Substance abuse increased during the pandemic, which can only mean that an increasing number of people are suffering from the harms of addiction. These harms include negative impacts on psychological, physical, and financial health. They may also include harm to others or criminal activity. Unfortunately, these significant outcomes don’t suffice as a deterrent for the person who is addicted. This creates a perpetual circle of harm. While each substance or intoxicant may offer different short-term rewards and variable outcomes, legal intoxicants are a unique risk because of their availability. Alcohol and inhalants remain common substance abuse culprits due to finding these items in local stores. The person considering using the drug doesn’t have to do it covertly.
What Are Inhalants?
Inhalants are described as products that contain fumes that are toxic and sometimes lethal but cause the user to get high. They are everyday products, such as spray paint, markers, glue, and liquid fuel. Their intended uses are ordinary, but their off-label use is mind-altering and intoxicating.
Also known as huffing, the abuse of inhalants as a drug can be addictive. It also has negative health impacts such as heart damage, asphyxiation, seizures, and damage to the brain and nervous system. This damage can result in dementia or death.
Who Uses Inhalants?
The most common demographic of inhalant abusers is adolescents, and the prevalence decreases with age. According to a 2015 survey, 3.4% of adolescents ages 12 to 13 used inhalants in the past year. Felt-tip markers contribute to commonly used substances.
Anyone can easily try inhalants because they are cheap and legal. In the case of school-age children, the inhalant may even be provided at school. This is why it is more commonly used at this stage in emotional and social development. Adolescents will experiment with positive and negative notions in order to establish their identity and assert their independence. Unfortunately, one encounter with inhalants can result in long-term damage or death.
Inhalants and Alcohol
As with many drugs, consuming inhalants with concurrent alcohol ingestion worsens an already dangerous situation. The person who combines inhalants and alcohol enhances the impact it will have on their cardiovascular and nervous system. This can result in an increased risk for heart attack, coma, and stroke. If the person survives, long-term inhalant and alcohol abuse can also damage the liver and kidneys, and it can damage hearing and vision.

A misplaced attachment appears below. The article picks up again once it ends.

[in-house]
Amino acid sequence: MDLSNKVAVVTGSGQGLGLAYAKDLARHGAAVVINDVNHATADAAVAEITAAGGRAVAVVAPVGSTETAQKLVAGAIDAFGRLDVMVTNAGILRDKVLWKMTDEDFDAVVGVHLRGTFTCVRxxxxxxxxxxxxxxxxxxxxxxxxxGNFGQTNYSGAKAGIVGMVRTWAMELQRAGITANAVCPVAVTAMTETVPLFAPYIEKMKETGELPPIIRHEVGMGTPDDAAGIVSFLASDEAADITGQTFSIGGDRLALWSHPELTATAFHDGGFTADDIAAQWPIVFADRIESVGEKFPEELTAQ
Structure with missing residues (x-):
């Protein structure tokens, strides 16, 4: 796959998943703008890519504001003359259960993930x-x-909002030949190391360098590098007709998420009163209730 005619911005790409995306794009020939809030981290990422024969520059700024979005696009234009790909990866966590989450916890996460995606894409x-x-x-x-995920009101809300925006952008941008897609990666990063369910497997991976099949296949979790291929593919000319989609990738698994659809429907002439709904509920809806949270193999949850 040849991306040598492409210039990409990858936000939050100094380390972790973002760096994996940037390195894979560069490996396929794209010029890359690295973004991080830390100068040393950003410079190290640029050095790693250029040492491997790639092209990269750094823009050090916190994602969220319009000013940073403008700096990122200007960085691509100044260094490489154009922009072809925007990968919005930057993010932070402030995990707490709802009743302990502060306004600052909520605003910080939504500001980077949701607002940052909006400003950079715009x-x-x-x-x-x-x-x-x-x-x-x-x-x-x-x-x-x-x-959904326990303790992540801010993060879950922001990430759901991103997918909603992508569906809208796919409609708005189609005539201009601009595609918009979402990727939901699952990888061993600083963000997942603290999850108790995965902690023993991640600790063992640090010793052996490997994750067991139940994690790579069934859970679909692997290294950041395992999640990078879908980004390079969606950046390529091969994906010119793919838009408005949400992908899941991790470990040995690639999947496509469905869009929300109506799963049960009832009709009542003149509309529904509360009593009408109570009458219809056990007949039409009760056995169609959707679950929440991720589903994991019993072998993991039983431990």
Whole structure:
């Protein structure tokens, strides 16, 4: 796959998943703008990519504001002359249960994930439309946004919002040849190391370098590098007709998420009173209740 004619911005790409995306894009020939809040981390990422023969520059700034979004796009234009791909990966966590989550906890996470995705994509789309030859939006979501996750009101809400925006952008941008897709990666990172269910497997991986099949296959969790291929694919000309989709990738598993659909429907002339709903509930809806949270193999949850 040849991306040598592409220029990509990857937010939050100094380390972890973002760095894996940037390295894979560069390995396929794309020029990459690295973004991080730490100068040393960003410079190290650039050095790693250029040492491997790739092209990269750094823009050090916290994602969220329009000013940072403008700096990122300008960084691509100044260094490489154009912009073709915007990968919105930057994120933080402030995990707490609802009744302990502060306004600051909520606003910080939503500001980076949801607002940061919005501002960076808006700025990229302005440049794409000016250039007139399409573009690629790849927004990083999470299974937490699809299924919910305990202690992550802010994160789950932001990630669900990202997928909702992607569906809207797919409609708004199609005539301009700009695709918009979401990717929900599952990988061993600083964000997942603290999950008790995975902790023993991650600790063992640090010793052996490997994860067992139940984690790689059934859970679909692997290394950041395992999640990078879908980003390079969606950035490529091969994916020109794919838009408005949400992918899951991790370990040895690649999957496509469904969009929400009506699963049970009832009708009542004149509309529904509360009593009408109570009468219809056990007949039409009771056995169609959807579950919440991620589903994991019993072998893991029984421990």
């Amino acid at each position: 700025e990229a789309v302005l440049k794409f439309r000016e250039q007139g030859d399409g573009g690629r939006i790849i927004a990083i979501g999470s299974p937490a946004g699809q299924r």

Helping Loved Ones With Alcohol and Inhalant Abuse During the Age of COVID-19
Using inhalants and alcohol can have many harmful effects, but the emotional impacts and stigma of drug use can prevent recovery. In particular, children may feel that they’ve irreparably disappointed their parents and adult mentors. Friendships with peers may be difficult to rebuild. The person with addiction may feel shame, anxiety, and depression. All of these emotional effects cause them to return to inhalants and alcohol, seeking a distraction from the reality of their decisions.
To the loved one, watching the process of addiction is devastating. Most would do anything to get their addicted family member or friend back or free them from the chains of addiction. But the person suffering from addiction is unable to see or believe that they can move beyond it.
Find Treatment Options for Alcohol and Inhalant Abuse During COVID-19
At Fairwinds Treatment Center, we understand that the body and the mind need to heal in order to recover from the damage caused by inhalants and alcohol. We also understand the hurdles a person will face on the road to that recovery.
A person breaking free from a dual-substance addiction needs a tailored approach to their recovery plan based on the drugs used and the individual needs of the client. The treatment variables must be customized. Thus, the person can cope with the consequences of their addiction but also build a place for hope, joy, and dreams of the future.
If you or a loved one is suffering from addiction, contact Fairwinds Treatment Center today.